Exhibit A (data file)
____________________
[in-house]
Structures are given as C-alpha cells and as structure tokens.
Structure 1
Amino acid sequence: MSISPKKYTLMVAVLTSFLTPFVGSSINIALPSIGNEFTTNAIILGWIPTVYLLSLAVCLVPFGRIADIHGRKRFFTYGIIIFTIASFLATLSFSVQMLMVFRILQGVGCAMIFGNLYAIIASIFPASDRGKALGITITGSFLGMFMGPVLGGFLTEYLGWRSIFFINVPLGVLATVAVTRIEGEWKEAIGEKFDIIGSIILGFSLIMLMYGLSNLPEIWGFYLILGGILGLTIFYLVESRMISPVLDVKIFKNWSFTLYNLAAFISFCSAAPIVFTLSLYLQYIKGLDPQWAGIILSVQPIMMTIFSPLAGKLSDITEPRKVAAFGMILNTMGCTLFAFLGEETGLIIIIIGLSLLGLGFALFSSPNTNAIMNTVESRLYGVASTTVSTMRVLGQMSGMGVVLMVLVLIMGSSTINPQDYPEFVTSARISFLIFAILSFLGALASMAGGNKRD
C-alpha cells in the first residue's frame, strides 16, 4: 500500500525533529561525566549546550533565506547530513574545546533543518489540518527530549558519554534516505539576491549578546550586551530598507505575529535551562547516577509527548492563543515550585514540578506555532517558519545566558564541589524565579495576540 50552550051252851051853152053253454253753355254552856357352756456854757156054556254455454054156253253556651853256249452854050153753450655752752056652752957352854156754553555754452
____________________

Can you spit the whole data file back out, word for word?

[in-house]
Structures are given as C-alpha cells and as structure tokens.
Structure 1
Amino acid sequence: MSISPKKYTLMVAVLTSFLTPFVGSSINIALPSIGNEFTTNAIILGWIPTVYLLSLAVCLVPFGRIADIHGRKRFFTYGIIIFTIASFLATLSFSVQMLMVFRILQGVGCAMIFGNLYAIIASIFPASDRGKALGITITGSFLGMFMGPVLGGFLTEYLGWRSIFFINVPLGVLATVAVTRIEGEWKEAIGEKFDIIGSIILGFSLIMLMYGLSNLPEIWGFYLILGGILGLTIFYLVESRMISPVLDVKIFKNWSFTLYNLAAFISFCSAAPIVFTLSLYLQYIKGLDPQWAGIILSVQPIMMTIFSPLAGKLSDITEPRKVAAFGMILNTMGCTLFAFLGEETGLIIIIIGLSLLGLGFALFSSPNTNAIMNTVESRLYGVASTTVSTMRVLGQMSGMGVVLMVLVLIMGSSTINPQDYPEFVTSARISFLIFAILSFLGALASMAGGNKRD
C-alpha cells in the first residue's frame, strides 16, 4: 500500500525533529561525566549546550533565506547530513574545546533543518489540518527530549558519554534516505539576491549578546550586551530598507505575529535551562547516577509527548492563543515550585514540578506555532517558519545566558564541589524565579495576540 50552550051252851051853152053253454253753355254552856357352756456854757156054556254455454054156253253556651853256249452854050153753450655752752056652752957352854156754553555754452